History A La Carte... Bon Appetit!!

It was a bright Thursday afternoon, The rays of the sun
sprinkled the wooden panelled walls…The fresh air just
made me feel I was in the fields surrounded by daffodils…A
little group of children just spread their picnic basket.
And in between all this, I heard someone say, “The new
species of ant discovered is…” The voice trailed off and I
woke from my slumber. Realised I needed “chai”! Walked
out of the conference room…and wandered like a traveller
of the winds. And voila, I had entered a new world. I was
walking into the big room right opposite the Faculty Hall
at the Main building. And to my delight, I found there
an entire collection of old documents, letters, pictures,
photos and so on. These were all part of the hundred
year history of our institute and were on display there.
That was the end of any interest I may have had in the
conference.

I spent the next few hours perusing those old letters,
gazing at the 100 year old black and white photos and
then I came across this entire set of invitations and
program lists for the cornerstone laying ceremony. The
beautiful calligraphy on the yellowed invites, the quaint
style and the list of the dances and the menu caught
my fancy. All these were glimpses of a story about the
cornerstone laying ceremony that was held on February
1st, 1911 and the various dinner parties hosted by the
director and other officials from the institute the night
before on January 31st, 1911.

The Maharaja of Mysore was the guest of honour and the
parties appear to have been very “British” in style. The
evening party (or “At Home”) held at West End and hosted
by the then director, Dr. Travers and his wife, seems to
have been an entire evening of dance and dinner. Sounds
like fun! If you glance at the dance programme, you can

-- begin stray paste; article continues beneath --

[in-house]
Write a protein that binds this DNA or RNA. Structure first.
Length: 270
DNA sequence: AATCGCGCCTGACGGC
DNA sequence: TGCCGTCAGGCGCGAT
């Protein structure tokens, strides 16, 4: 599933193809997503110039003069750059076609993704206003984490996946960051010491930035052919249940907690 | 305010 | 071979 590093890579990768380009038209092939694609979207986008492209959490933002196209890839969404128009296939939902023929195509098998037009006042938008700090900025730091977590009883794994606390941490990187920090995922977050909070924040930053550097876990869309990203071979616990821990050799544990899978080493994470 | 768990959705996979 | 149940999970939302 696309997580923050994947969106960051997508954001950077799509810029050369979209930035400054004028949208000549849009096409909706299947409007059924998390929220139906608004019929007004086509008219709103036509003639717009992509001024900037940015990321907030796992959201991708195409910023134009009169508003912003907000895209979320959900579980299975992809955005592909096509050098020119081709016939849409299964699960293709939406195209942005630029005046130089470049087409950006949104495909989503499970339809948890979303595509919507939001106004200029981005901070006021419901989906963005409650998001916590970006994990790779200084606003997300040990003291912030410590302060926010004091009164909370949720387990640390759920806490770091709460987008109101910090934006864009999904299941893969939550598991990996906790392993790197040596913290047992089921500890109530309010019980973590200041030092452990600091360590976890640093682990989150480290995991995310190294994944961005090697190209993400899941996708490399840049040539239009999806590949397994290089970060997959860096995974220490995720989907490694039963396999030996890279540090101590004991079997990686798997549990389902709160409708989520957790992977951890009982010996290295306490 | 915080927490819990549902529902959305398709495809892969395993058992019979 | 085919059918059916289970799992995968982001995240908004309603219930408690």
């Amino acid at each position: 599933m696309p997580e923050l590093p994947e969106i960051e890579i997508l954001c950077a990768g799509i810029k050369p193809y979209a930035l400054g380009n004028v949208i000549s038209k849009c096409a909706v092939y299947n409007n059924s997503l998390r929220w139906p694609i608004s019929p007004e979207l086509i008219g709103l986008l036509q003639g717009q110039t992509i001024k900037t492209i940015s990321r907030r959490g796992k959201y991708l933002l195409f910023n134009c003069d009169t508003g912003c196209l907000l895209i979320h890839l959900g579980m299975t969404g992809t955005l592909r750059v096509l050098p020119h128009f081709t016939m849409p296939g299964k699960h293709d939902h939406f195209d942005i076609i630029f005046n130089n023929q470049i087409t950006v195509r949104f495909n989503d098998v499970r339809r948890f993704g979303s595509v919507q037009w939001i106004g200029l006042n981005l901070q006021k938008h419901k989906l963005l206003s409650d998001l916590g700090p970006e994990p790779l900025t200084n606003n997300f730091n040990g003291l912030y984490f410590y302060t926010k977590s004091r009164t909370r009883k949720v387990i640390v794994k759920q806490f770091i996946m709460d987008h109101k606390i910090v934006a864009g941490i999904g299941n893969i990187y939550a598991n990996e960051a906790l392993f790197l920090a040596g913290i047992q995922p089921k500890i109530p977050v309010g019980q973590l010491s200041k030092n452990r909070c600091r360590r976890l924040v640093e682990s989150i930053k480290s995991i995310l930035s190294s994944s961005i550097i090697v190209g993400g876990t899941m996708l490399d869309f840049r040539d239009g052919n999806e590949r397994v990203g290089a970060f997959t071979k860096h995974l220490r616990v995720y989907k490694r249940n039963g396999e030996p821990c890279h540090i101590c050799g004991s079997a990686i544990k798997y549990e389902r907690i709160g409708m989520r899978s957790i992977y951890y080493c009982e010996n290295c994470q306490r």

see the range of dances that were included with two-steps,
and waltzes and even barn dances. I can just imagine all
the ladies and gentlemen dressed up in their finest, the
music, the graceful enthusiastic dances and the mouthwatering
dishes. The four course menu is in French and
it does sound delicious with the soups, salads, the fillet
entrees and casseroles and the dessert and coffee to sum
it up! It almost sounds like something out of the stories
about society gatherings in 19th century with exquisite
rules about etiquette and style.

And all of this in honour of a ceremony to be held at a
science institute. In today’s times this may almost seem
a contradiction. The grandeur and the very scale seem so
different from what we would ever expect from a similar
occasion in today’s world. I am sure the hospitality, the
importance of the occasion would be the same, but our
way of celebrating would perhaps be more Indian. Though
I must say, it is fascinating to know that our institute has
had such a varied and rich history and old documents
can tell such historical stories in an entirely different way.
They give you no descriptions…just an idea, a hint…and
leave the rest for you to imagine just as you wish! So,
live the gourmet of life like promised, a little herb, a little
hope, a little history! Bon appetite!!

P.S: This piece was primarily written by Mukta, i only frilled it up a little...

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